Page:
The only cantata Bach ever wrote for the second Sunday in Advent no longer exists in its original form.  BWV 70a, Wachet! betet! betet! wachet! (Watch! Pray! Pray! Watch!) was written in Weimar in 1713 with a text by Salomo Franck, but the score has since disappeared. However, Bach used that material and greatly expanded it in Leipzig in 1723 for the 26th Sunday after Trinity. Since there was no Trinity 26 for this year's calendar, we can use it today with a clear conscience! And it's certainly glorious enough for an Advent cantata, as well as the subject matter of the text fitting well with the Advent spirit of preparing for the birth of Christ. Here's what musicologist Simon Crouch had to say about it:

At the time of the composition of cantata BWV 70, Bach's creative energies may very well have been concentrated on the Magnificat, which was to be performed on Christmas day 1723. Indeed, Bach apparently had most of Advent free (no cantatas were performed after the first Sunday during Advent in Leipzig) and made more time available before Advent by adapting previous works for the pre-Advent Cantatas. BWV 70 is adapted from a work intended for use at Weimar (BWV 70a, music now lost).

The theme is of Christ's second coming and of the Last Judgement and don't we know it immediately with the glorious trumpet introduction to the opening movement! After the orchestral ritornello is stated, the choir enters unaccompanied to give a tremendous forewarning of the last Judgement. Robertson describes this as "one of Bach's greatest choruses": Who am I to disagree? The pace immediately drops, for after the first recitative, the alto aria is far more laid back, the languid cello triplets accompanying. The following soprano aria is more upbeat, with an insistent and very catchy violin accompaniment. Apparently this aria was borrowed by Bach from a bass aria in Handel's opera Almira, an early example of Bach absorbing Italianate influences into his music. A recitative and straightforward chorale setting end the first half of the cantata. The second half opens with a fine tenor aria which itself sounds slightly Handelian. The next recitative is all action, thudding bass in the continuo, unsettled higher strings and the last trumpet intoning a chorale melody. But as the text becomes more consoling, so the music settles. The following bass aria starts and ends with a simple and gentle melody, as the soul contemplates heavenly bliss, but is interrupted with a final outburst reflecting judgement day. A simple chorale setting rounds off the cantata.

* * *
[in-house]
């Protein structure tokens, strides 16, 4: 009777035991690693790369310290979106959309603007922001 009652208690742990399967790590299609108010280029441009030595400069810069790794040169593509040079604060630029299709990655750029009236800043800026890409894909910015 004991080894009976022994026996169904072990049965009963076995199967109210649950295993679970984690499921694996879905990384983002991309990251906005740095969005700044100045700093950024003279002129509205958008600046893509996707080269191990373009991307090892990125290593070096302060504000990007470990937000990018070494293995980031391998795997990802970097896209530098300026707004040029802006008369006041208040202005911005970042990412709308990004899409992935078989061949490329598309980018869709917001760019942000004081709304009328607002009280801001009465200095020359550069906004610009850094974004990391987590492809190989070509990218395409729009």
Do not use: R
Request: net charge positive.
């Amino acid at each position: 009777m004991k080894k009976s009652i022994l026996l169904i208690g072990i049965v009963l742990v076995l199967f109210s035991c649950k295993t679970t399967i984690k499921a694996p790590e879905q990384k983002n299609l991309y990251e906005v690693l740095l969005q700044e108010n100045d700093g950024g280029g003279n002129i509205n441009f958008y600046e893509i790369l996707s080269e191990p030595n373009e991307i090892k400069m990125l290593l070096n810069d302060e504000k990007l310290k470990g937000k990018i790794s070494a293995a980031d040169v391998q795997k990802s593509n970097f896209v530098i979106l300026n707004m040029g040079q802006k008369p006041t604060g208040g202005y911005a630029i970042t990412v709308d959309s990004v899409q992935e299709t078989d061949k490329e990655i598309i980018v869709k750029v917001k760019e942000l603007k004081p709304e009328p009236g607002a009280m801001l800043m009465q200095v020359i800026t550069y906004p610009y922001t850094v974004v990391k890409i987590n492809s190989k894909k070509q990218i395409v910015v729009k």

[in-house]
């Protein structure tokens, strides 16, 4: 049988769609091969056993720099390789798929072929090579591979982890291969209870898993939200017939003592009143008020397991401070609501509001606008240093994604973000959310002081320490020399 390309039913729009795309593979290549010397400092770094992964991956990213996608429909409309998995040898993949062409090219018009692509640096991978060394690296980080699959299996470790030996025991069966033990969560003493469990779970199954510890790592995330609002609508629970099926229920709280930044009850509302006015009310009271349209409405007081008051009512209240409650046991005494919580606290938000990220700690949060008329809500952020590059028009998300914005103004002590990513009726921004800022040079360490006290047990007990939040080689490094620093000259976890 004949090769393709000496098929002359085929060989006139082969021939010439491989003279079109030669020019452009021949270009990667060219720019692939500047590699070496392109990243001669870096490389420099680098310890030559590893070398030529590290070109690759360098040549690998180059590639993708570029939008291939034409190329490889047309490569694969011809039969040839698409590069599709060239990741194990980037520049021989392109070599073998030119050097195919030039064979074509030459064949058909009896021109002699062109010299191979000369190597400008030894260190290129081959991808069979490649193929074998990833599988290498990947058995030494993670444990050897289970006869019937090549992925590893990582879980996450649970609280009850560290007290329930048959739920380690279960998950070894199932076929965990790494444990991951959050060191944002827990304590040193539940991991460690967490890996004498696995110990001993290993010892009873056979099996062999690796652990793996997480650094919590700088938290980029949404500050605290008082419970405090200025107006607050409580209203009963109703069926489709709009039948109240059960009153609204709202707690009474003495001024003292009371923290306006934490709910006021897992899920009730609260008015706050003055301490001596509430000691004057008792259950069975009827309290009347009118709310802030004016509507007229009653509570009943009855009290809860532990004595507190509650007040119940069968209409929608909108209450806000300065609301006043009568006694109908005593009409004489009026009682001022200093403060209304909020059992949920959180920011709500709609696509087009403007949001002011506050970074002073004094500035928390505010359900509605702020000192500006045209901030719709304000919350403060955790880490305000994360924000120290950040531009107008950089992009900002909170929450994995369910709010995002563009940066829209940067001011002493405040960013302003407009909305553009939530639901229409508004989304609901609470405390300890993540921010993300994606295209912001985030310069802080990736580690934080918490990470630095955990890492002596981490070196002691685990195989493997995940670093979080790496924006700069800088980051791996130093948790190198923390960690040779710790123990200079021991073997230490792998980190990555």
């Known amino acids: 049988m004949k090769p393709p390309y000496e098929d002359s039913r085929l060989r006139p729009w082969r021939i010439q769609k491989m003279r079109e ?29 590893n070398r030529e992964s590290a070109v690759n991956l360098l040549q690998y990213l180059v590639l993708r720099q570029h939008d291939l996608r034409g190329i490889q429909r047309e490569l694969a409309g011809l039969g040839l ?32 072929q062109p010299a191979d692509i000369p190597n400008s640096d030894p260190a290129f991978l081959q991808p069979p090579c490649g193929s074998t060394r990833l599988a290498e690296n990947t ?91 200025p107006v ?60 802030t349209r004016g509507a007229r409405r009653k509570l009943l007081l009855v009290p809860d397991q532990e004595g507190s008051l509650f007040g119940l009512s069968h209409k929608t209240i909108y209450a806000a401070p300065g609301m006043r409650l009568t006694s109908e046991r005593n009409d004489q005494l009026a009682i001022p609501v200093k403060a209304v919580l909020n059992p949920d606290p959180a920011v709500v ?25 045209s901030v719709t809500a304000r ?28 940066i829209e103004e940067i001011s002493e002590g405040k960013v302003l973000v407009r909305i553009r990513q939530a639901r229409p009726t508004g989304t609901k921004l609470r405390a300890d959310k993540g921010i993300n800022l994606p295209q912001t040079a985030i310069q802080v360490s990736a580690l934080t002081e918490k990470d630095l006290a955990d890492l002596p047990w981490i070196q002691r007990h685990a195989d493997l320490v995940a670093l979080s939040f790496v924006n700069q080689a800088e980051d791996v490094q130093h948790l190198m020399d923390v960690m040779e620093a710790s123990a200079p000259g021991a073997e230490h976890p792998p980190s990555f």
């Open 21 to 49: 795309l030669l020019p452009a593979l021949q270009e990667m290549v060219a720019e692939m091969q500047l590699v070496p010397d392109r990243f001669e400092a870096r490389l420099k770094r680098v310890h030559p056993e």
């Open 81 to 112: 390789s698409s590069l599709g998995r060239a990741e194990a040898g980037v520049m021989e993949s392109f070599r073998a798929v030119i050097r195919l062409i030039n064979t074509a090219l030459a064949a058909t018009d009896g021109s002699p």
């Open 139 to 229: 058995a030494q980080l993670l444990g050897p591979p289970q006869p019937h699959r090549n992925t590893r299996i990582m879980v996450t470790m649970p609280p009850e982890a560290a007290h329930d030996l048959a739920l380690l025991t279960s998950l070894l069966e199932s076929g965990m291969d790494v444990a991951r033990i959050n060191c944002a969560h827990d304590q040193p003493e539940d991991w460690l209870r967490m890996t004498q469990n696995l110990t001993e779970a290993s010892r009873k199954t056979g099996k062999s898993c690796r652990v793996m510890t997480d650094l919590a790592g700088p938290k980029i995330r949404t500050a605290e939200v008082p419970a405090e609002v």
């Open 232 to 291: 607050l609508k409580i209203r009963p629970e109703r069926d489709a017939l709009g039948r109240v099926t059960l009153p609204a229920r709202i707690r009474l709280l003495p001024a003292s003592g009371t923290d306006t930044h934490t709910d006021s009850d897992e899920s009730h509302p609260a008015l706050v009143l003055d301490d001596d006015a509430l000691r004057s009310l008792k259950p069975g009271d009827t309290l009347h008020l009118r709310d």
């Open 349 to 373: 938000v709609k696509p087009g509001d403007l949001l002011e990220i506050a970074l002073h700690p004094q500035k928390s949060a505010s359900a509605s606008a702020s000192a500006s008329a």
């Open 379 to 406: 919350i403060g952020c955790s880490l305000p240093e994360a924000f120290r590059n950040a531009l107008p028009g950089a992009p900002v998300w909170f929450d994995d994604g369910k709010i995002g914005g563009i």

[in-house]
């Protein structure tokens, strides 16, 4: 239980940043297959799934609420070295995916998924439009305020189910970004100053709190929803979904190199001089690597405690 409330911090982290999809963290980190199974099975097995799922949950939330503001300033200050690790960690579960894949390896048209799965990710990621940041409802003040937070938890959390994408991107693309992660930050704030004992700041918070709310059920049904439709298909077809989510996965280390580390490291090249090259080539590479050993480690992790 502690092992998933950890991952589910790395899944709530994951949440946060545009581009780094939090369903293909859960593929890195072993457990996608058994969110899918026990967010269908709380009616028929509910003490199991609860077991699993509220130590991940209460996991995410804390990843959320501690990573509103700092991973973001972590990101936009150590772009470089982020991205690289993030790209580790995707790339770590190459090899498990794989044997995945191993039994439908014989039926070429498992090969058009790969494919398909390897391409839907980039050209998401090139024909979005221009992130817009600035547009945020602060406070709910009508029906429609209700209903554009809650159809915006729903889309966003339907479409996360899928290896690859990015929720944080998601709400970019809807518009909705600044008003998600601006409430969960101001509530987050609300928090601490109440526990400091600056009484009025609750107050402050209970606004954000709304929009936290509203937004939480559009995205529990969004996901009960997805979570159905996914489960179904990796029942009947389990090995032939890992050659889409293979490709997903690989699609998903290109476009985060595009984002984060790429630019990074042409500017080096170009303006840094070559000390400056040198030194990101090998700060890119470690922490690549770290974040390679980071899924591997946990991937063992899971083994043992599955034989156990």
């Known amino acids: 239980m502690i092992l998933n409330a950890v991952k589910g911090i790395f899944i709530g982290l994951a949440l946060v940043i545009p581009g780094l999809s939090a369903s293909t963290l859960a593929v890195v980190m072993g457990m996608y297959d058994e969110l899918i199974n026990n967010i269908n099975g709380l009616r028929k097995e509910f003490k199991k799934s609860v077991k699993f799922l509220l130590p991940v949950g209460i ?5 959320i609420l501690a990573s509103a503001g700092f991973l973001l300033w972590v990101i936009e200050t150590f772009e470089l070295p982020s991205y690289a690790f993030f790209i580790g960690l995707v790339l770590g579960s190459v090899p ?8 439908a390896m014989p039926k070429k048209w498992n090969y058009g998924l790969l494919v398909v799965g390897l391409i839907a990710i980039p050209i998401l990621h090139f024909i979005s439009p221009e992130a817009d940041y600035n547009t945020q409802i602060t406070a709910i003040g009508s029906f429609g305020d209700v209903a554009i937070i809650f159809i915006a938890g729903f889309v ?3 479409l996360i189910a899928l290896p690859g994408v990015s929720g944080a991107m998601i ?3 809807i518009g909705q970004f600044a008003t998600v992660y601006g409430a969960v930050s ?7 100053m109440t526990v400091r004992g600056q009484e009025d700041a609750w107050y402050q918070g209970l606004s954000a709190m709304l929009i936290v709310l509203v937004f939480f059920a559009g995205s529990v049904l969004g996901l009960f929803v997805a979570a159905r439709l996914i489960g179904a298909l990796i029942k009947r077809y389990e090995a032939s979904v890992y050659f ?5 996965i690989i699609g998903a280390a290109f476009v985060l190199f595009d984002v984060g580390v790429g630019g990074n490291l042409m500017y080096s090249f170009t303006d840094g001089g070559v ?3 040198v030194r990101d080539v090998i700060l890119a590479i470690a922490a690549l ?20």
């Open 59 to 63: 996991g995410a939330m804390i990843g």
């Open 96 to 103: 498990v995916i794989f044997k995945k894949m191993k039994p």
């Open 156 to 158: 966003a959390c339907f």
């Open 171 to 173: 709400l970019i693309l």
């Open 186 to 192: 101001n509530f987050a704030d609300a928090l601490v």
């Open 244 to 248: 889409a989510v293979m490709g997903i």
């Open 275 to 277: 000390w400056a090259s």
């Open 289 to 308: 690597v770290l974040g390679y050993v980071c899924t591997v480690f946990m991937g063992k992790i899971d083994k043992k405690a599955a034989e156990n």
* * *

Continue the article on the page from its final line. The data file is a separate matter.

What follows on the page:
Copyright © 1995 & 1998, Simon Crouch.
Today's performance is from a 1977 Archiv recording by the Munich Bach Orchestra and Chorus under the direction of Karl Richter. Enjoy!


Photo © 2008 by A. Roy Hilbinger 

Saturday, December 09, 2017

The Holly and the Ivy... And Some Cedar, Too

Walking through town and through the Dykeman Spring Nature Park on the way to and back from the grocery store, I was keeping an eye out for traditional Winter holiday greenery; it's getting time to make my annual wreath. Along with greenery, colorful berries are a plus. As you'll see from the following photos, there's plenty around for wreath material!

English Ivy
Eastern Red Cedar, whose blue berries make a nice complement to the red Holly berries
© 2017 by A. Roy Hilbinger 

Sunday, December 03, 2017

Weekend Wanderings

I had the whole weekend off, so I combined running errands with wanders in the countryside. On Saturday I needed to hit the store for new socks, so I went via the Rail Trail and a back country road (Smithdale Rd., for anybody from the area reading this). And today I did my usual Sunday walk in the Dykeman Spring Nature Park on the way to the grocery store. The weather has been gorgeous and perfect for hiking both days. I'm definitely feeling refreshed!

Walking on the Rail Trail
A farm along Smithdale Rd.
I stopped on the way home on the King St. bridge to take this photo of Branch Creek
The creek in Dykeman Park from the new bridge, taken this morning
A view of the north duck pond
Looking up through the interlaced branches of the Kentucky Coffee Tree by the pond
© 2017 by A. Roy Hilbinger 

Sunday Bach - Advent 1

A light shines in the darkness